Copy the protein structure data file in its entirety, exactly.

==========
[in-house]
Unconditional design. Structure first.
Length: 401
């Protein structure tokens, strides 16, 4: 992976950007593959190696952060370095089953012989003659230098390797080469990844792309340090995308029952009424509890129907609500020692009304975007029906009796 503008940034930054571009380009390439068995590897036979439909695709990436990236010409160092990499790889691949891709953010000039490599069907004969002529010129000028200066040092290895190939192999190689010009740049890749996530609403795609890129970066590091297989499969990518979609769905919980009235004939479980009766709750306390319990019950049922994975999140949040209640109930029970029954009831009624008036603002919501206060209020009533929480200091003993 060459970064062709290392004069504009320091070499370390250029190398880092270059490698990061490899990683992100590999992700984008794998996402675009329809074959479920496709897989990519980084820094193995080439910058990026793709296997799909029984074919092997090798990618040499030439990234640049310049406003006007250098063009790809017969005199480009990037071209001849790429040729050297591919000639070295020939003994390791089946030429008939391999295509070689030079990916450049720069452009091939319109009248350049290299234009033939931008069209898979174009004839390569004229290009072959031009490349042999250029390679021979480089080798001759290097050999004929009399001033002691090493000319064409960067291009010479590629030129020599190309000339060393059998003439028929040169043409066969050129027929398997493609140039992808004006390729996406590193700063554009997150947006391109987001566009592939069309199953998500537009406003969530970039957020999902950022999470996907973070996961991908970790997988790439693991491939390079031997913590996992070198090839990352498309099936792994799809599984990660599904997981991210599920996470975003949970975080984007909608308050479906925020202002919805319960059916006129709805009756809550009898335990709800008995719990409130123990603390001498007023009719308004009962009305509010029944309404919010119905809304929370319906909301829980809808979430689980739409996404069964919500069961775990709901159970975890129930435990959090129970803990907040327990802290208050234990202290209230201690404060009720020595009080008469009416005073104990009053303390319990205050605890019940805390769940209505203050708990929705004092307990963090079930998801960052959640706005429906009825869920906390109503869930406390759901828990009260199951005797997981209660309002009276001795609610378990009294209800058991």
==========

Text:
[in-house]
Unconditional design. Structure first.
Length: 401
């Protein structure tokens, strides 16, 4: 992976950007593959190696952060370095089953012989003659230098390797080469990844792309340090995308029952009424509890129907609500020692009304975007029906009796 503008940034930054571009380009390439068995590897036979439909695709990436990236010409160092990499790889691949891709953010000039490599069907004969002529010129000028200066040092290895190939192999190689010009740049890749996530609403795609890129970066590091297989499969990518979609769905919980009235004939479980009766709750306390319990019950049922994975999140949040209640109930029970029954009831009624008036603002919501206060209020009533929480200091003993 060459970064062709290392004069504009320091070499370390250029190398880092270059490698990061490899990683992100590999992700984008794998996402675009329809074959479920496709897989990519980084820094193995080439910058990026793709296997799909029984074919092997090798990618040499030439990234640049310049406003006007250098063009790809017969005199480009990037071209001849790429040729050297591919000639070295020939003994390791089946030429008939391999295509070689030079990916450049720069452009091939319109009248350049290299234009033939931008069209898979174009004839390569004229290009072959031009490349042999250029390679021979480089080798001759290097050999004929009399001033002691090493000319064409960067291009010479590629030129020599190309000339060393059998003439028929040169043409066969050129027929398997493609140039992808004006390729996406590193700063554009997150947006391109987001566009592939069309199953998500537009406003969530970039957020999902950022999470996907973070996961991908970790997988790439693991491939390079031997913590996992070198090839990352498309099936792994799809599984990660599904997981991210599920996470975003949970975080984007909608308050479906925020202002919805319960059916006129709805009756809550009898335990709800008995719990409130123990603390001498007023009719308004009962009305509010029944309404919010119905809304929370319906909301829980809808979430689980739409996404069964919500069961775990709901159970975890129930435990959090129970803990907040327990802290208050234990202290209230201690404060009720020595009080008469009416005073104990009053303390319990205050605890019940805390769940209505203050708990929705004092307990963090079930998801960052959640706005429906009825869920906390109503869930406390759901828990009260199951005797997981209660309002009276001795609610378990009294209800058991």